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Showing posts from November, 2010

On Professions

"A writer is a person for whom writing is more difficult than it is for other people," said Thomas Mann. The same can be said of any art or craft that you love and live by. Say I'm a teacher. It is generally taken for granted that teaching is a piece of cake for me, something that comes to me naturally through this innate talent or acquired skill, as if I was born with it or have become good at it, and that instruction should then be the easiest thing for me. Coupled with such a belief in the ease by which a profession comes (or should come) to a professional, is the view that you enjoy your craft precisely because it is easy or has become easy for you, or to qualify, that it is easy even if it is objectively difficult because you are gifted or have become learned. Now these beliefs, though with bases (but on the wrong ones, e.g., on the wrong people or examples), are never always true. There are two kinds of difficulties: one is the stress you put on yourself for doing …

A Letter to a Young Philosopher

Dear Friend,

Thank you for your thoughts. You are persuasive, inspiring, and you make a really good case not only for philosophy but for yourself as well. It is easy to perceive that our previous "conversations" have struck a chord with you, if only because it created discord within you, especially at a sensitive time as now when you are in the thick of research and writing, on the brink of academic success, which you, I think, will easily accomplish. When we are near the peaks of the mountains we have for a long time been scaling--always with difficulty, never without sacrifices--anything that will plant seeds of doubt in us (Can I make it? Will it be worth it?) are to be quickly done away with, lest the idea of surrendering to the heights begins to assume a form you cannot deny seeing, and carry a weight you may not be able to any longer suffer. In the same way that I admit that what I call my "personal life" at the moment, whatever that means anyway, may without…

The Paucity of Knowing

Truth, What a Word!
The idea of liberation through the suppression of desire is the greatest foolishness ever conceived by the human mind. Why cut life short, why destroy it for so little profit as total indifference and the illusion of freedom? How dare you speak of life after you have stifled it in yourself? I have more respect for the man with thwarted desires, unhappy and desperate in love, than for the cold and proud philosopher. A world full of philosophers, what a terrifying prospect! They should be all wiped out so that life could go on naturally -- blindly and irrationally.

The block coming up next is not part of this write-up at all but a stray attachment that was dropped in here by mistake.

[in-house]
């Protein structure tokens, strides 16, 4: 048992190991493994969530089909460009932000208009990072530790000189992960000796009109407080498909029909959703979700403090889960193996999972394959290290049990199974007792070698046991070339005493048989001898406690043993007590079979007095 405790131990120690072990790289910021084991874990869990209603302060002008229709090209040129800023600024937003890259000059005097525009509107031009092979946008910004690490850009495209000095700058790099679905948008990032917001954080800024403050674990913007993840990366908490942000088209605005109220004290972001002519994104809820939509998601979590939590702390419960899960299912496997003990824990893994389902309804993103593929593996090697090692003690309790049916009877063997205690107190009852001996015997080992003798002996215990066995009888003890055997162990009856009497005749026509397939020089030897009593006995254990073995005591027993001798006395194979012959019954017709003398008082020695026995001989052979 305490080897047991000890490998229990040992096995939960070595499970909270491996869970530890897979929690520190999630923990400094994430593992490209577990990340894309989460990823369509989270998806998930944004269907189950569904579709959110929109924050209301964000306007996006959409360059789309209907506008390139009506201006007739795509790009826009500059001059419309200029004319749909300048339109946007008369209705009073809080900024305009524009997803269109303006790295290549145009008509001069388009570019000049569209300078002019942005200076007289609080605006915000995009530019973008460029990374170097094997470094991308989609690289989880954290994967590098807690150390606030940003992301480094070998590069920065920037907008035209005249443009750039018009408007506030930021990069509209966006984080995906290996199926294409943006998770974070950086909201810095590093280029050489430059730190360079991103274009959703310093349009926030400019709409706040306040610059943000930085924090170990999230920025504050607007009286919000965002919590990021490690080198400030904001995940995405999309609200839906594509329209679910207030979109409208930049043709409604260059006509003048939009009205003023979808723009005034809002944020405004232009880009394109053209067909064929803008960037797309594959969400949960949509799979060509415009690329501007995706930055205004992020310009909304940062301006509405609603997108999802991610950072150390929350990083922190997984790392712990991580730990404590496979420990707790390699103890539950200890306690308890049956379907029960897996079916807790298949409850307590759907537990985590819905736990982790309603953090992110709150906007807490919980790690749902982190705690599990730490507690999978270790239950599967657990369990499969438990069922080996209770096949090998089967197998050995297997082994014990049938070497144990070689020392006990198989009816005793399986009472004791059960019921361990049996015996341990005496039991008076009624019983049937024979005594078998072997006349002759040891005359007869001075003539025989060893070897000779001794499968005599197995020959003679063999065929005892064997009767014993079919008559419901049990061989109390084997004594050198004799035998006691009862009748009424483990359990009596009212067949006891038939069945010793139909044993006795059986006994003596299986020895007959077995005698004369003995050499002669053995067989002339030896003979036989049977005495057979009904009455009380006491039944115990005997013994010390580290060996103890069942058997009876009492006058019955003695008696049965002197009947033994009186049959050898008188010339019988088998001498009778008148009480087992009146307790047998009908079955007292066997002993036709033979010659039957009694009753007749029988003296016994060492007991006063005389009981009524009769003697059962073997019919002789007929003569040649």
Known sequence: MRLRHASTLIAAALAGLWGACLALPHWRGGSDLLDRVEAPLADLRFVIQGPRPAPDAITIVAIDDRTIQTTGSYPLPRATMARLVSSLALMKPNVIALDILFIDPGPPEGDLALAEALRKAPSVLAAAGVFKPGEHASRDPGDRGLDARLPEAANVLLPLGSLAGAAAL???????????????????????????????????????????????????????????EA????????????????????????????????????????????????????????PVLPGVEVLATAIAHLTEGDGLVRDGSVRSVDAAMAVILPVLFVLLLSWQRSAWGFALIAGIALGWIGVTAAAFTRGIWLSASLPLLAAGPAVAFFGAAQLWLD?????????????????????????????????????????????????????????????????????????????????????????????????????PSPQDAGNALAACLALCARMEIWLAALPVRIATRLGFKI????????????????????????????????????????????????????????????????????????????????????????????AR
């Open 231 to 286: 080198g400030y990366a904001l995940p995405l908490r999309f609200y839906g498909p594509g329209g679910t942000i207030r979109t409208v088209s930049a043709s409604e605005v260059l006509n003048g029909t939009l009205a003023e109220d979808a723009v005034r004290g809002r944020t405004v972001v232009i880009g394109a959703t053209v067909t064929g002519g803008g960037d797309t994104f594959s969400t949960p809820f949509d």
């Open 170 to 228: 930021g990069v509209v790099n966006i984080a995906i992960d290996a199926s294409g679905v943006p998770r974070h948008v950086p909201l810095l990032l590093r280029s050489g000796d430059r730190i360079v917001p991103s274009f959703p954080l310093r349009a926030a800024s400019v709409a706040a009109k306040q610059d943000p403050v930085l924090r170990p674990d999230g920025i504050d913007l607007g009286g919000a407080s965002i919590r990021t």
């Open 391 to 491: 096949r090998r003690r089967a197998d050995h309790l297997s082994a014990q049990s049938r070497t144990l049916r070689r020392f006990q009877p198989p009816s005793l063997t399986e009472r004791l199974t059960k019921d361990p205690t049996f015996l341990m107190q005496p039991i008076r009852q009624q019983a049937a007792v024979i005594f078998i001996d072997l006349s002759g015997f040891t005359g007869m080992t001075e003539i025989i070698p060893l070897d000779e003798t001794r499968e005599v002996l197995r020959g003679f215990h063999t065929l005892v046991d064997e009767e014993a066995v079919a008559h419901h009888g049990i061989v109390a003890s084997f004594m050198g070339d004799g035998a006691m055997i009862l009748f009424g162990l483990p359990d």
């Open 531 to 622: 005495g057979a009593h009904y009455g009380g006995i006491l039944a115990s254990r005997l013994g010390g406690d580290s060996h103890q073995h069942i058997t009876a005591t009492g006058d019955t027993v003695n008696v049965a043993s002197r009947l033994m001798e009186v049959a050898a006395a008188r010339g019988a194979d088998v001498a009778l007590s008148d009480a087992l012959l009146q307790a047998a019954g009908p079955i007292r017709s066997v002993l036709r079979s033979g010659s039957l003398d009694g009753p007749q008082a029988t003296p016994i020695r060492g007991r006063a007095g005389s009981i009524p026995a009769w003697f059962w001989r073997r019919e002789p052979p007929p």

I hate the wisdom of these men unmoved by truths, who do not suffer with their nerves, their flesh, and their blood. I like only vital, organic truths, the offspring of our anxiety. Those whose thoughts are alive are always right; there are no arguments against them. And even if there were, they would not last long. I wonder how there can still be men searching for the truth. Do wise men not yet understand …

The Other Sorrows of Knowing

1. Preface

I hate citing, but I had to write something tonight. A preface: Here are two reflections from E.M. Cioran in his On the Heights of Despair.


Total Disatisfaction
Why this curse on some of us who can never feel at ease anywhere, neither in the sun nor out of it, neither with men nor without them? Ignorant of good humor, an amazing achievement! Those who have no access to irresponsibility are the most wretched. To possess a high degree of consciousness, to be always aware of yourself in relation to the world, to live in the permanent tension of knowledge, means to be lost for life. Knowledge is the plague of life, and consciousness, an open wound in its heart. Is it not tragic to be man, that perpetually dissatisfied animal suspended between life and death? I'm weary of being a man. If I could, I would renounce my condition on the spot, but what would I become then, an animal? I cannot retrace my steps. Besides, I might become an animal who knows the history of philosophy.…